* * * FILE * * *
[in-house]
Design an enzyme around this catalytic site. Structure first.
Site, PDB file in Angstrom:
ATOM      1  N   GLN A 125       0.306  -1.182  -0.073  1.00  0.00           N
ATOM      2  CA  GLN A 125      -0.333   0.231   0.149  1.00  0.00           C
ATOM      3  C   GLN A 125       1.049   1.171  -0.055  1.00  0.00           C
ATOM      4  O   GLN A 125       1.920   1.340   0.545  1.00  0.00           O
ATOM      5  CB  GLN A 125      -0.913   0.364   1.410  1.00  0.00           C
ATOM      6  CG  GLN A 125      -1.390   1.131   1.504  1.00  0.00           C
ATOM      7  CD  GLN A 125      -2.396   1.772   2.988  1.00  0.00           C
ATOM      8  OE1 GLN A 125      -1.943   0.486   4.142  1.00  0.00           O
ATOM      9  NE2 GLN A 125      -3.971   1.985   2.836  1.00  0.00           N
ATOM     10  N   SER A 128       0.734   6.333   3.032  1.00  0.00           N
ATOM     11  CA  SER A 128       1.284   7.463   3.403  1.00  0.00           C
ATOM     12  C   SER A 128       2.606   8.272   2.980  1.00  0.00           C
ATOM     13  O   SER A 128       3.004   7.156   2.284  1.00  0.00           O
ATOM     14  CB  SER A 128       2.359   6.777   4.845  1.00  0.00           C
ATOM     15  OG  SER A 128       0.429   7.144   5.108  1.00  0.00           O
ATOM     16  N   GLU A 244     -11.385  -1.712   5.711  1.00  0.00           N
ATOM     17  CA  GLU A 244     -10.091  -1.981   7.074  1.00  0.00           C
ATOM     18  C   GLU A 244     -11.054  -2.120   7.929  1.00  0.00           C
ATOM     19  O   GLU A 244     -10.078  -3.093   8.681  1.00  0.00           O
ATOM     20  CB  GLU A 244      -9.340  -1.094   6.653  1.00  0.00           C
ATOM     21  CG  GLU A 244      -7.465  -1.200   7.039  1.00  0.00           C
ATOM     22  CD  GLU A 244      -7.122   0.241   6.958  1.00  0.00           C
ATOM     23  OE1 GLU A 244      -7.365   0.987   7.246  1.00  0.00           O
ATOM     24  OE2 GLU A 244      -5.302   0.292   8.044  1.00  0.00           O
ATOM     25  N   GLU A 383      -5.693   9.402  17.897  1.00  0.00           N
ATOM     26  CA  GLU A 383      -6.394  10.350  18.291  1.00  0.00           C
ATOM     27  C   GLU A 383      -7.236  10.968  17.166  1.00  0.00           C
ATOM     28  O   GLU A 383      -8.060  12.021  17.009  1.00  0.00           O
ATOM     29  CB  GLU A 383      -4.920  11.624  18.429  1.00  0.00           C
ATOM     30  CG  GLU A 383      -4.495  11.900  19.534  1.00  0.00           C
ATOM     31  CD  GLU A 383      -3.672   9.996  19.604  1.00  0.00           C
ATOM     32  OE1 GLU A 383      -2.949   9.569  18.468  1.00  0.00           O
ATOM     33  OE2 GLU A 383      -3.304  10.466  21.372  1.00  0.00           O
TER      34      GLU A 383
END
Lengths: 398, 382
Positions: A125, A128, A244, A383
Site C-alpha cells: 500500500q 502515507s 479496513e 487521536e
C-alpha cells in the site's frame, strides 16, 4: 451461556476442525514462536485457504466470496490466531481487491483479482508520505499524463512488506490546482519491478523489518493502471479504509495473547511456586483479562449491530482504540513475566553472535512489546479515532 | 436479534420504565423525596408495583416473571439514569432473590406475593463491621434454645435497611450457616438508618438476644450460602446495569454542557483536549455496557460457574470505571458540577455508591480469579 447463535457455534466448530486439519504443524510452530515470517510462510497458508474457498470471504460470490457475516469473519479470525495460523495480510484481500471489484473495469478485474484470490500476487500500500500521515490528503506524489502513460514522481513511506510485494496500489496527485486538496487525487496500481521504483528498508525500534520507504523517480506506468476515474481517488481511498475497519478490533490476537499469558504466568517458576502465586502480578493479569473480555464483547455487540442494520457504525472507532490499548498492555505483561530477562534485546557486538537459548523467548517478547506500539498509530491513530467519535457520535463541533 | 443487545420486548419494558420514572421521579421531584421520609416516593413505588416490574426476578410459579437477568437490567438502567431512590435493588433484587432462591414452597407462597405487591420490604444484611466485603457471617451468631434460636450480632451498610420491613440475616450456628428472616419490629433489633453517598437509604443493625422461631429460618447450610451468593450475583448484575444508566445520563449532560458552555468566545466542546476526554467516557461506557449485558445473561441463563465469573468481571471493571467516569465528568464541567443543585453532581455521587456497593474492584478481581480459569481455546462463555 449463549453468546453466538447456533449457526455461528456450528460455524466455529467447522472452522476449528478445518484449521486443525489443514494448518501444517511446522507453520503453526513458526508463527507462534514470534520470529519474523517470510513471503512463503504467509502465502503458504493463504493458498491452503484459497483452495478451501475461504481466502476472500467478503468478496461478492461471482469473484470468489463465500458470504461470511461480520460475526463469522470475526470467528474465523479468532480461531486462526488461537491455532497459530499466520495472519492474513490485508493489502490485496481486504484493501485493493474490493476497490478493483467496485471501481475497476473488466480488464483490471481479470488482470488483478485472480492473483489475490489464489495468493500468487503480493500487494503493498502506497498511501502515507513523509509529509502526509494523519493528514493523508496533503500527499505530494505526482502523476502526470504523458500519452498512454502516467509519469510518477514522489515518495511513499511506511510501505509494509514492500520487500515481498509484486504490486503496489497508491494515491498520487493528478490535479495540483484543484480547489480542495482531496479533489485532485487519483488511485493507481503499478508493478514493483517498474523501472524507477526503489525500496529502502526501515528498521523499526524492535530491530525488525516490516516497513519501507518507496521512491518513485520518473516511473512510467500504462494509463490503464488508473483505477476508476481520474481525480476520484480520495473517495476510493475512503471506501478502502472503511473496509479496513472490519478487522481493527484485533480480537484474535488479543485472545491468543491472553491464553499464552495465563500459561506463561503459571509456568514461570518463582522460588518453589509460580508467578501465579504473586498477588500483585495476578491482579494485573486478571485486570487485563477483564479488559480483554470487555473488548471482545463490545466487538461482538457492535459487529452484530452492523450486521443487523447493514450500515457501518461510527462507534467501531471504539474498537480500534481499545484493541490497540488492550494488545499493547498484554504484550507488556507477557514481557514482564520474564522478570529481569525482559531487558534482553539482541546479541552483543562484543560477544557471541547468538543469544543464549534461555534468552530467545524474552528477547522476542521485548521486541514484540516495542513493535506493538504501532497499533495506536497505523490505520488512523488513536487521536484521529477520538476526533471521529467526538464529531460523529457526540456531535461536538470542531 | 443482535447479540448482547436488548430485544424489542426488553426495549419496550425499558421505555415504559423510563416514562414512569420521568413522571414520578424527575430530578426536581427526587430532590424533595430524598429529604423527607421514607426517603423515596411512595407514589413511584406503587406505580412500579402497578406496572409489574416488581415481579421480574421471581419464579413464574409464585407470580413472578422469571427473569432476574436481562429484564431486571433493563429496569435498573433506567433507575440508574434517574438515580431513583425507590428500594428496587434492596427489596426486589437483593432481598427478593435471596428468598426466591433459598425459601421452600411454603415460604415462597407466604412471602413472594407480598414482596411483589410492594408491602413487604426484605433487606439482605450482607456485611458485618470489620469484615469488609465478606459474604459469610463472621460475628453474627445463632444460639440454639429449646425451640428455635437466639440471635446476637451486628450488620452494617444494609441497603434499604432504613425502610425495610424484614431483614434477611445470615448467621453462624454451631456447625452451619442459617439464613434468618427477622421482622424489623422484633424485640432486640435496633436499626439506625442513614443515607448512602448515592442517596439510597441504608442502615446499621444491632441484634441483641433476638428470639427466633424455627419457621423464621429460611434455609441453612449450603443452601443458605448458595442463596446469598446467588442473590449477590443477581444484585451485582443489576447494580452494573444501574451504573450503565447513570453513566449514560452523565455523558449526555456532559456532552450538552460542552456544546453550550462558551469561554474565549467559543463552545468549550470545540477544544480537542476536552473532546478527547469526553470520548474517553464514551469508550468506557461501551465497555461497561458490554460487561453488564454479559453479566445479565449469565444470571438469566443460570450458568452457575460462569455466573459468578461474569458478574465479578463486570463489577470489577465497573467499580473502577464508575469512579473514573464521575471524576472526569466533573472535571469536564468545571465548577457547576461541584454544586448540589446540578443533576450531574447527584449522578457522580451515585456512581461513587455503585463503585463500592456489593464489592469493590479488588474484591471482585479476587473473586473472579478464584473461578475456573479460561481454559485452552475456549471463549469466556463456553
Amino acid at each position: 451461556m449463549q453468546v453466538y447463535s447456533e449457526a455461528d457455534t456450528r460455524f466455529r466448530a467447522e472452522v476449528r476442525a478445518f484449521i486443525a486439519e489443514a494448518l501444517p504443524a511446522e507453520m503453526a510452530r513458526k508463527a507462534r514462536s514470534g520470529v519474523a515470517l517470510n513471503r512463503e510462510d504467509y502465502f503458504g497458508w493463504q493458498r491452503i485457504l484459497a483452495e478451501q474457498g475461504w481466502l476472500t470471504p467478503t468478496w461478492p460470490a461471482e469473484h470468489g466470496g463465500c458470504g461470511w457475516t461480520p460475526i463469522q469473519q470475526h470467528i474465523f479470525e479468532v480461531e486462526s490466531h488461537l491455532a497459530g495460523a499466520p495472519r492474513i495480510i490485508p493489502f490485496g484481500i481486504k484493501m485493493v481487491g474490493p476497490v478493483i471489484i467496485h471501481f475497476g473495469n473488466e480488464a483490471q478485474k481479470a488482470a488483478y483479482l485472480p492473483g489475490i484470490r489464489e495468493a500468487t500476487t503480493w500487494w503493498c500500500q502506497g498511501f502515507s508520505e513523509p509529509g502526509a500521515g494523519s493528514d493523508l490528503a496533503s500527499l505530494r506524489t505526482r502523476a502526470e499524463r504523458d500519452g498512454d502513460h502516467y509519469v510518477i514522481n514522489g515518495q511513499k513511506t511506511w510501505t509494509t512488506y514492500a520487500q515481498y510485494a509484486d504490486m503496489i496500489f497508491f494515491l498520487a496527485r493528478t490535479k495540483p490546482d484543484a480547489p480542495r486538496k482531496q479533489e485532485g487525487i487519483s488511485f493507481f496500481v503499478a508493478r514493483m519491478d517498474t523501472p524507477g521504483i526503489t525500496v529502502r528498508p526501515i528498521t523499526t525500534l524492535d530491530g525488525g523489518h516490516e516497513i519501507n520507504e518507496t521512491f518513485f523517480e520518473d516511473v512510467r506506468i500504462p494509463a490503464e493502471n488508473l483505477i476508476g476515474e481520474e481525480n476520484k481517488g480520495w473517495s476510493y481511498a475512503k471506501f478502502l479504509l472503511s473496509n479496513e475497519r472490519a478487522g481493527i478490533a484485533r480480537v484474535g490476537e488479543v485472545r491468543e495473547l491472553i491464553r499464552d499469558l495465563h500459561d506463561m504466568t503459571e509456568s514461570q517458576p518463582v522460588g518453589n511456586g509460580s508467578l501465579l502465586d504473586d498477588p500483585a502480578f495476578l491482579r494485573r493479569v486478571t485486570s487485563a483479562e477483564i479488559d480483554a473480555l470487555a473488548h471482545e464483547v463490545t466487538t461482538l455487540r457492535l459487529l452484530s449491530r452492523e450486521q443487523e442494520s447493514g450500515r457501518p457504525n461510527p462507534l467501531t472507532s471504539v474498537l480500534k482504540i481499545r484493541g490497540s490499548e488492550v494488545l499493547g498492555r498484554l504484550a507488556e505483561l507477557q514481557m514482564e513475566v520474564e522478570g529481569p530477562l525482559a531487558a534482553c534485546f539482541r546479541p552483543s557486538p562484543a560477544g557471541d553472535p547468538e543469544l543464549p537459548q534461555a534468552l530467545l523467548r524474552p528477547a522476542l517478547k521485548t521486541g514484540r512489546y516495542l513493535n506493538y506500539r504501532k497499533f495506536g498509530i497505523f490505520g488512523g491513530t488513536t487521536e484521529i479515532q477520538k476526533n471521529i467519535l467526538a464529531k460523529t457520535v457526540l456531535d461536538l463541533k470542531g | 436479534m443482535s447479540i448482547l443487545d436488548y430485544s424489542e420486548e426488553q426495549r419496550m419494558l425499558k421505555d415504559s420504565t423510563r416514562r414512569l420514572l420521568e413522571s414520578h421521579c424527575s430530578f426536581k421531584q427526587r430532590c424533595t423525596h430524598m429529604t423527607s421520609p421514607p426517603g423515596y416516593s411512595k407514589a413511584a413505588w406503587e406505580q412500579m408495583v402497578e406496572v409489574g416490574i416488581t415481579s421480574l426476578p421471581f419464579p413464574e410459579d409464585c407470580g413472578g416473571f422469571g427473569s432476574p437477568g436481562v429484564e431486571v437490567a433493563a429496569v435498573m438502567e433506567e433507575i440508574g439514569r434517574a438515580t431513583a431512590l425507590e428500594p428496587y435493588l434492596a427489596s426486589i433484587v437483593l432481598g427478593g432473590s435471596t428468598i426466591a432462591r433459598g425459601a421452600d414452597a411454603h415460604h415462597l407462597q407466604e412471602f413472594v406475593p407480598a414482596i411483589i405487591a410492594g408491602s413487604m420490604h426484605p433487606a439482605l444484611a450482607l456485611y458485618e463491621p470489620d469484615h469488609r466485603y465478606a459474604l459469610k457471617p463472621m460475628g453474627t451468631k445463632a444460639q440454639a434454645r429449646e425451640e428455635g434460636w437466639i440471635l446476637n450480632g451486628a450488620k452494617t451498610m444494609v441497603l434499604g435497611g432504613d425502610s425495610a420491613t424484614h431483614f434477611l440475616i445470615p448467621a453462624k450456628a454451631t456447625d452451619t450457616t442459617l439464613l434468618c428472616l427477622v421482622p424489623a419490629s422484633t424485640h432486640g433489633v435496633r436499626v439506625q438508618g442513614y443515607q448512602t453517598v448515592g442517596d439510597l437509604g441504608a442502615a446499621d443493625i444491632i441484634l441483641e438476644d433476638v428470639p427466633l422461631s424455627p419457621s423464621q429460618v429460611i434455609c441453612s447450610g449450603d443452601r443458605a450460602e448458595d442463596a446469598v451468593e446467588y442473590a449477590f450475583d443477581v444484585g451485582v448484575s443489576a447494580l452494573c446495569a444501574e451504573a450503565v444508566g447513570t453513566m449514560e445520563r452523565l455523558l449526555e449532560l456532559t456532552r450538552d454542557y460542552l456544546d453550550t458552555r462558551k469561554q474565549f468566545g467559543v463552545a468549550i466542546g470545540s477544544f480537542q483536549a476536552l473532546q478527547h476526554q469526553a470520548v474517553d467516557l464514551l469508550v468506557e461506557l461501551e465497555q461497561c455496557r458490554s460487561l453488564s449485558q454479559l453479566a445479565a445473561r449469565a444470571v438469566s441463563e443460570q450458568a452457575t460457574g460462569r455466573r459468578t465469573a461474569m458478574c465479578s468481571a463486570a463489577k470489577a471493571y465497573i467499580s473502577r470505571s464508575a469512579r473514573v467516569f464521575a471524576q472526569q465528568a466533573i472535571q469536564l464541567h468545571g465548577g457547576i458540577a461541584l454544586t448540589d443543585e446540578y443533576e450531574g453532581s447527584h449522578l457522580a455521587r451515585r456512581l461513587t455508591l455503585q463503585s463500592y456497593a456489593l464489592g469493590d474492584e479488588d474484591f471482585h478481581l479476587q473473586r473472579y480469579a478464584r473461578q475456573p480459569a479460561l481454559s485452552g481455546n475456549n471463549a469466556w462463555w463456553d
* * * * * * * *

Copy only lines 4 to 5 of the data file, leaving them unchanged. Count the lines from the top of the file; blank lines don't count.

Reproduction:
ATOM      1  N   GLN A 125       0.306  -1.182  -0.073  1.00  0.00           N
ATOM      2  CA  GLN A 125      -0.333   0.231   0.149  1.00  0.00           C